Then, Patrick says that in order to do anything great in life, you have to have these three. To him (as I speculate), those who “have it all” are those who are responsible, hold themselves accountable, and show commitment to the things that they want. Also to him, those who aren’t successful are essentially afraid to do at leasts one of these things. In this way, this connects to the idea that powers demands responsibility because to “have it all” is to have power.
Jay Shetty Podcast | Episode from 01/10/2022 with Ed Winters
As I’m writing this, I have not finished listening to this episode where Jay Shetty brings Ed Winters to talk about being vegan, but one part struck me. The guest, Ed Winters, essentially argues that humans come from a position of power over animals. As humans have more power (something you can debate, but the fact that humans pretty much dominate over animals’ natural habitats to me is solid enough proof of that), humans have a responsibility care for the animals, and so humans should try to stop the suffering of those animals by becoming vegan (a decision that other animals can’t consciously make because they do not have the power that we have).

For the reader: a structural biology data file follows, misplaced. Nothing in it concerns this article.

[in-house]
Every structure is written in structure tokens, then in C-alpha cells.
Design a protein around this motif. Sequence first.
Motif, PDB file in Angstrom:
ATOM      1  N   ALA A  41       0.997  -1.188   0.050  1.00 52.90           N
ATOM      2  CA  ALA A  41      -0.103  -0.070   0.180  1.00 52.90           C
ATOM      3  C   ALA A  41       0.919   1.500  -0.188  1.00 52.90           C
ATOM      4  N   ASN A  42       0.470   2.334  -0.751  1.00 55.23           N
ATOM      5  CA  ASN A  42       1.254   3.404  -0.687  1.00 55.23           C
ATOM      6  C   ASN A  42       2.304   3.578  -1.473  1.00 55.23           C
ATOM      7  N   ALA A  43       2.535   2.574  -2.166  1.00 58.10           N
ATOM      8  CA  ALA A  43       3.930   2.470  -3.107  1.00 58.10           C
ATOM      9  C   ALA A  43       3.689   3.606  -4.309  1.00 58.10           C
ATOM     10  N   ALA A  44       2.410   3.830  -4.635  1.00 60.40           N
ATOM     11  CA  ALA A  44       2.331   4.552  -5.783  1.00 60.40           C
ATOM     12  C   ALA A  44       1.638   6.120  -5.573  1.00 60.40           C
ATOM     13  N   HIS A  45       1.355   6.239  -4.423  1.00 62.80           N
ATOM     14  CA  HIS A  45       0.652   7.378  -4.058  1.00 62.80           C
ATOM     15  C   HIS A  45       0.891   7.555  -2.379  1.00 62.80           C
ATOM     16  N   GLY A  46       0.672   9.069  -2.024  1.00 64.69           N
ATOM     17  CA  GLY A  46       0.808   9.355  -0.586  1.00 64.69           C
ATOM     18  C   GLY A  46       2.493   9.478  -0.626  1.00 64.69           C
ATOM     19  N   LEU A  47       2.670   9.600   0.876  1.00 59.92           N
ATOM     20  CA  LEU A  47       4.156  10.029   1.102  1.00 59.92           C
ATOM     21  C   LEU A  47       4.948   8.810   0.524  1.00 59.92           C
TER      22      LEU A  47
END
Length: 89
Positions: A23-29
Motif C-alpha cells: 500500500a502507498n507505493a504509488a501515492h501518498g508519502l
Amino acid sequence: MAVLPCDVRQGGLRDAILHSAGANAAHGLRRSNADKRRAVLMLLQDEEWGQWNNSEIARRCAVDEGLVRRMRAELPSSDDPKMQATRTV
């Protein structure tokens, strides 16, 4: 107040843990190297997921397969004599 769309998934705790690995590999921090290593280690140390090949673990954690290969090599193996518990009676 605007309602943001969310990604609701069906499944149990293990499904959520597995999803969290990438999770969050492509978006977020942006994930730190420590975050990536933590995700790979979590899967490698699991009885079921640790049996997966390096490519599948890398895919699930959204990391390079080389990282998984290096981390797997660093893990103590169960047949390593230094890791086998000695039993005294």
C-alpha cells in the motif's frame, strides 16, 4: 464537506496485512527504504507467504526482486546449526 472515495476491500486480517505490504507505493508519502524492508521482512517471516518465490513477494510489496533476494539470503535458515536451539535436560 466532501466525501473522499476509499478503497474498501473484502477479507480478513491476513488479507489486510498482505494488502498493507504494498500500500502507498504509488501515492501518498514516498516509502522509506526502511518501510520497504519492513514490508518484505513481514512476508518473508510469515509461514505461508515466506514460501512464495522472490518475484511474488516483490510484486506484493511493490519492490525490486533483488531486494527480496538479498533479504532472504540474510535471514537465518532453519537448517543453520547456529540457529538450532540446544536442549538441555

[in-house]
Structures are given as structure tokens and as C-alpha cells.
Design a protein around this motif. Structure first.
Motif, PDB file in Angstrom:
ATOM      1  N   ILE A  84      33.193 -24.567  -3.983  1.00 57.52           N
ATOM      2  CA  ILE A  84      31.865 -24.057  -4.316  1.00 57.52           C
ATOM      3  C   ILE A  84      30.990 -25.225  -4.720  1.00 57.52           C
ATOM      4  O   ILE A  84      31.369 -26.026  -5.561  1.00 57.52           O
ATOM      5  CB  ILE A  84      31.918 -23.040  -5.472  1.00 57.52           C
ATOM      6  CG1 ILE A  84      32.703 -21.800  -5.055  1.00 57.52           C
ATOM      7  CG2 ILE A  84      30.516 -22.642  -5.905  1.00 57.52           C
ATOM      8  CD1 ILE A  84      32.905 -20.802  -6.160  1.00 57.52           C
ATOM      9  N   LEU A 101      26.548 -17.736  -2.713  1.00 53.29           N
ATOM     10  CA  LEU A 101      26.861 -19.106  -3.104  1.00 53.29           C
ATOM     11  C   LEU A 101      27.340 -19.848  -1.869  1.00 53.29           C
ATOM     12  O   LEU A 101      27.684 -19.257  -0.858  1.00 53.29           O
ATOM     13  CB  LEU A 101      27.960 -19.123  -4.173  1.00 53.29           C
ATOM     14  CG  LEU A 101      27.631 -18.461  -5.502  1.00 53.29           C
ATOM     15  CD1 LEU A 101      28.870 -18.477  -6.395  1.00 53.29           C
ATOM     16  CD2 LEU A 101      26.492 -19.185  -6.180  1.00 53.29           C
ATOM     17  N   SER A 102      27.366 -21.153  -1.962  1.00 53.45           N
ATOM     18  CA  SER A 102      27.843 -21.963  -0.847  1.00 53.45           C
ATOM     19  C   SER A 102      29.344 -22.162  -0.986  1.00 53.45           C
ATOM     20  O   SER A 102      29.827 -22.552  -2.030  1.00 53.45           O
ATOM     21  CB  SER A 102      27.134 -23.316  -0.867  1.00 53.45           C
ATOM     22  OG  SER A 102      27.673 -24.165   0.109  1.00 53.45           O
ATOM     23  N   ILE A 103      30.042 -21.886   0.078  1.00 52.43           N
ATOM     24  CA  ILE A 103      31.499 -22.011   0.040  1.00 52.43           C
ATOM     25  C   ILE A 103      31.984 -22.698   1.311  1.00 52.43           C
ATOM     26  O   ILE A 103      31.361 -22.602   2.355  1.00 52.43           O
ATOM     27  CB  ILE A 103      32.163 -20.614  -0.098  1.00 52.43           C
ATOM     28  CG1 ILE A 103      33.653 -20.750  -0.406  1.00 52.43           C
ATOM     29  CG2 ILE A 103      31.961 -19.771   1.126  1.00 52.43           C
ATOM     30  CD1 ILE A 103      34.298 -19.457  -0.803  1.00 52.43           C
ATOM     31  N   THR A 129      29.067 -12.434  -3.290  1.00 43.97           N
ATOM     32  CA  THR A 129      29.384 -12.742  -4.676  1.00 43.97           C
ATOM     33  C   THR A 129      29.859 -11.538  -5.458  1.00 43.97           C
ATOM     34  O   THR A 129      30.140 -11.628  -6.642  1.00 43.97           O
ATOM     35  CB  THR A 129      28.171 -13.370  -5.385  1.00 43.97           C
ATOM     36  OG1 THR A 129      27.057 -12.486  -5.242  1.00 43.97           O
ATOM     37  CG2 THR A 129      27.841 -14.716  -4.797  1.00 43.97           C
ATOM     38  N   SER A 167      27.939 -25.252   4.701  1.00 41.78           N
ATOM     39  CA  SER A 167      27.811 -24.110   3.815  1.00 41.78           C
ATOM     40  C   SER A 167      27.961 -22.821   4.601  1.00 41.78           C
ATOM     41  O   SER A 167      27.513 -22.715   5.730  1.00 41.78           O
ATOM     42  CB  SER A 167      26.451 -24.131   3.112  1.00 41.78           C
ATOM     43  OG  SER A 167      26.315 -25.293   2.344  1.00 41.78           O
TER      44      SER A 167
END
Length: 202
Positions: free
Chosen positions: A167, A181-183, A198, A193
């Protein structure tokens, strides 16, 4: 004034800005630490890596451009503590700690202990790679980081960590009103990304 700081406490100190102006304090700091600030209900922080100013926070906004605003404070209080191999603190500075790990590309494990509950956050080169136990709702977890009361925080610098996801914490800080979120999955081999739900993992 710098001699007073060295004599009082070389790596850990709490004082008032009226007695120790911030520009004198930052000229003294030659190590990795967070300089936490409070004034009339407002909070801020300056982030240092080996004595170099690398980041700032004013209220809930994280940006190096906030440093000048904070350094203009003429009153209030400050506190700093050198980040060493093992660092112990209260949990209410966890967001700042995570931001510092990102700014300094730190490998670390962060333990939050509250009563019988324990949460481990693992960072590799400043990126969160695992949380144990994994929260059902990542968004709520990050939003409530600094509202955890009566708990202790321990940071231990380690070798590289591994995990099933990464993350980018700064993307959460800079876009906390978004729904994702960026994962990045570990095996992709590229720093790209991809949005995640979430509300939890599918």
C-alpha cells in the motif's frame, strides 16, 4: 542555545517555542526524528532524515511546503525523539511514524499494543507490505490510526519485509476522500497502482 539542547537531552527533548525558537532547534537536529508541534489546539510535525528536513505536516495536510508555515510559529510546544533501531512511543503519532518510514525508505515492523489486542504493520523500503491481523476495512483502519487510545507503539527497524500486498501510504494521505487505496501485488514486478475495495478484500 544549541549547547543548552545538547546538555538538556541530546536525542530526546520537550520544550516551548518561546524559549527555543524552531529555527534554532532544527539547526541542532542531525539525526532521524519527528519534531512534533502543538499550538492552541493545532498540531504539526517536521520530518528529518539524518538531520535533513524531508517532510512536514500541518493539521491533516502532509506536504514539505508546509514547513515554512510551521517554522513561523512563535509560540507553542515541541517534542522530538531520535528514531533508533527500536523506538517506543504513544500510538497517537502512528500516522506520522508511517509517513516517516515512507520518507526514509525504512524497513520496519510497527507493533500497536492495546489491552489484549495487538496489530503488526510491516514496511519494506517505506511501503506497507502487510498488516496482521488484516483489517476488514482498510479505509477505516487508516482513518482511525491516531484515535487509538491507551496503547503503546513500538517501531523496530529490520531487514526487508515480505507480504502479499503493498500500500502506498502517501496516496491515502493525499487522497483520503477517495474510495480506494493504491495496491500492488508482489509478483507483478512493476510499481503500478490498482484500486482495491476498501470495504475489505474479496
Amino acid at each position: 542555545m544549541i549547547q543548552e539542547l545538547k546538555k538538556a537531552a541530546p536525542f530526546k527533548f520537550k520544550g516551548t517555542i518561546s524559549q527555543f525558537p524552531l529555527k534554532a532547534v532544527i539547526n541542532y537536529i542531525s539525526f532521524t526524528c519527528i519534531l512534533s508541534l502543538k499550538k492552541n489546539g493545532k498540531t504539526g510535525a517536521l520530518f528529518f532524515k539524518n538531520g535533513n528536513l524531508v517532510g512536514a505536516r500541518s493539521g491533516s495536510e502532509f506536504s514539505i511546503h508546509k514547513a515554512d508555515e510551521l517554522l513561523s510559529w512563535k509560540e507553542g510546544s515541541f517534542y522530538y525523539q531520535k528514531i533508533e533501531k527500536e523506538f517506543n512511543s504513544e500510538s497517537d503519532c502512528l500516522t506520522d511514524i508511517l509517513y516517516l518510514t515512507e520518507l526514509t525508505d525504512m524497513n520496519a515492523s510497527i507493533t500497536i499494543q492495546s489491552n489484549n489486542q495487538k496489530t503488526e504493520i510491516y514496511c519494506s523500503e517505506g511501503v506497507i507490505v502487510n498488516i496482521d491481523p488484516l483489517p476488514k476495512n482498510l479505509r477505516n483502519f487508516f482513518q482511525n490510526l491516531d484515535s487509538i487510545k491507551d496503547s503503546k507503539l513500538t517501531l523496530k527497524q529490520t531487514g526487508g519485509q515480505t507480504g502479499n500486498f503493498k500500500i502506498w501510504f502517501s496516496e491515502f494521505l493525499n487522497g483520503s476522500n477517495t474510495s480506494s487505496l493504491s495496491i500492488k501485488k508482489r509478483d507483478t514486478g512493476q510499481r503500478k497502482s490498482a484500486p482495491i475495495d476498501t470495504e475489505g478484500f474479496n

Before I continue, let me be transparent and say that I’m not vegan nor am I trying to convince you to be vegan. However, I believe the author made a very good points which I cannot do justice in 2–3 paragraphs (do listen to the podcast if you want the full, over 1 hour long reasons why you should be vegan — or at least hear the other side). I personally will continue to think deeply about this question of being vegan in my life and how I want to live it.
With that said, this again brought this idea of power with responsibility. The author touched upon my conclusion a bit but not quite, and this added to the list of things that made me ponder on this question of power and responsibility.
Spiderman: No Way Home